Shabazz also noted the importance of unity in movement work, citing that multi-racial and intergenerational aspects are key.

“It’s our responsibility to understand that we are one,” Shabazz said, “We are one continued legacy.” Shabazz also stressed the fact that Black power is not exclusionary, but rather, rooted in the idea that freedom is total, following the idea that “no one is free until we are all free.” 

Shabazz’s answer to the last question, pertaining to the key to the liberation of all people, was fairly straightforward but also deceptively difficult: the American education system.  

“We have to learn how to control our narrative.” 

“If we continue to be misinformed, we are never learning how to love,” Shabazz said. “We have to learn how to control our narrative.” 

“I was truly honored to be able to speak with Ilyasah, the daughter of one of the most prominent activists of American history,” Young, a eighth-semester finance major with a minor in Africana studies, said. “Her quote about our legacy being shaped by our passions is an important maxim for everyone tuning in to take away as college students figuring out their identity and contributions in this world.” 

The third daughter of Malcolm X and Dr. Betty Shabazz, Shabazz is not only a professor but also an author of both fiction and nonfiction works, as well as a global humanitarian activist. She has written multiple books, most notably her memoir “Growing Up X” about her childhood and the children’s book “Malcolm Little” about her late father’s childhood, both of which were nominated for NAACP Image Awards.  

As a humanitarian, Shabazz served as a member of the U.S. delegation that accompanied President Bill Clinton to South Africa to commemorate the election of Nelson Mandela as well as served as a member of the U.S. Interfaith Leadership Delegation with the organization Malaria No More during which she traveled to Mali and West Africa. Shabazz is especially passionate about youth and female empowerment and continues to keep both of her parents’ legacies alive through her activism.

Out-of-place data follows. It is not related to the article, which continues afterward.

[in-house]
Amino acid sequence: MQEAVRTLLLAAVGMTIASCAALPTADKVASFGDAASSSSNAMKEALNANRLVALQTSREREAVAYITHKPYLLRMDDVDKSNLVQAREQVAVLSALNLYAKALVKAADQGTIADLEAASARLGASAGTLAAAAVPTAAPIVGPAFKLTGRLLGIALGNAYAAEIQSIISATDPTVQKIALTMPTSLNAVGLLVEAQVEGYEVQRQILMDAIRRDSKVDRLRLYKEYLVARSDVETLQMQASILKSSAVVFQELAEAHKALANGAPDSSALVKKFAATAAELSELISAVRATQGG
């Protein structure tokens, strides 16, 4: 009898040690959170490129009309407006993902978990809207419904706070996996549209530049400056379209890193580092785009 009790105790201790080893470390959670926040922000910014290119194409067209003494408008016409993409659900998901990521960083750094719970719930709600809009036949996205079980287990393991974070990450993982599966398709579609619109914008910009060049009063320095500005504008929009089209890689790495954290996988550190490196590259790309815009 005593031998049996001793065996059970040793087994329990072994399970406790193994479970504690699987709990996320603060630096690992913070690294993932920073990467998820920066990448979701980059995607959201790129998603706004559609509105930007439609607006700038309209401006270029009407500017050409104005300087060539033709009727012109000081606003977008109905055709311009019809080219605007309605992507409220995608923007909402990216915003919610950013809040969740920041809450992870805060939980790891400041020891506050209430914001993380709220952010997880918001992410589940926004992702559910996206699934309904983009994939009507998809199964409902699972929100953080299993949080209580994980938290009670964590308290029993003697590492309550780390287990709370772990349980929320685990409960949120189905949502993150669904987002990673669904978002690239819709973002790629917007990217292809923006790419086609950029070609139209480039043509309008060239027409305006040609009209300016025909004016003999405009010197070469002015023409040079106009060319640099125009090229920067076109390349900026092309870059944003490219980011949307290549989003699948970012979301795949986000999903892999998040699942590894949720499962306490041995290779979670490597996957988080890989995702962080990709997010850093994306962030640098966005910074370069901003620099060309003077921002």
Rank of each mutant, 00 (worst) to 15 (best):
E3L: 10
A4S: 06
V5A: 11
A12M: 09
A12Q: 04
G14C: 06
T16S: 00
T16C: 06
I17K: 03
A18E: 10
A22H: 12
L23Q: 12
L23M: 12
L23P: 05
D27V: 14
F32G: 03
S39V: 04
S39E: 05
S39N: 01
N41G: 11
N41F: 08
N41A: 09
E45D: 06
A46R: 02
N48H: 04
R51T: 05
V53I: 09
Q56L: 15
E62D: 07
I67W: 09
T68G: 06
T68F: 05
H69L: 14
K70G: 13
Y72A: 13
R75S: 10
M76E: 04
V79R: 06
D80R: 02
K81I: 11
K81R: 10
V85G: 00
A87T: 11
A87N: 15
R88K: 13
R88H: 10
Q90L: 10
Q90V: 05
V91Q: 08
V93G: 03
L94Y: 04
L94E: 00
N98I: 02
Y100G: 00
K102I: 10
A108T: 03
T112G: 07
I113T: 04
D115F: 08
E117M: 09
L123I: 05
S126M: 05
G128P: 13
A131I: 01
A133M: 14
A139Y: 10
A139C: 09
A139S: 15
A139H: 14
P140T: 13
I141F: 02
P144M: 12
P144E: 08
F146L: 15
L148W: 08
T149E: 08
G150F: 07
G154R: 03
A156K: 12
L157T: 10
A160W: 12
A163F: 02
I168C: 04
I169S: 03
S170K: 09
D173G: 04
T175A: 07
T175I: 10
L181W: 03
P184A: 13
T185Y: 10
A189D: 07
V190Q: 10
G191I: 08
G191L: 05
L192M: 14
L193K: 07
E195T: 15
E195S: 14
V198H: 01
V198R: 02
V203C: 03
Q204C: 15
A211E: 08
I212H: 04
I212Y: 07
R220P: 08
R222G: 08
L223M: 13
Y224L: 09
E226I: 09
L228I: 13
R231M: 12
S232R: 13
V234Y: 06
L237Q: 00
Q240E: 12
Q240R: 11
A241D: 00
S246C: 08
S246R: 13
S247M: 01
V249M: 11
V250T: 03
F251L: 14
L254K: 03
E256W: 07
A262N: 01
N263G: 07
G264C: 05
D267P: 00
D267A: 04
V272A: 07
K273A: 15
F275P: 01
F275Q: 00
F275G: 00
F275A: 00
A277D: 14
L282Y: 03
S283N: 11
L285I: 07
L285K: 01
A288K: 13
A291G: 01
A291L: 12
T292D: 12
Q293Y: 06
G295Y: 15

The discussion is part of USG’s Justice Now Initiative, which was conceived by Student Development Chair Christine Jorquera, USG Alumni Senator Darren Mack and Student Development Deputy Chair Rita Tsafack-Tonleu. Young described the mission of the Justice Now Initiative as serving “to bring truth to power” by inviting prominent activists and artists from the Black community to speak. 

The next event to take place in the Justice Now Initiative will occur on Feb. 15 at 7 p.m. “The Paradox of Education for Black & Brown Children,” a moderated conversation between James S. McDonnell Distinguished University Professor of African American Studies at Princeton University Eddie Glaude and UConn student Iyanna Crocket, will be available via livestream the day of the event. For more information on the rest of the Justice Now Initiative, go to the USG Instagram or USG website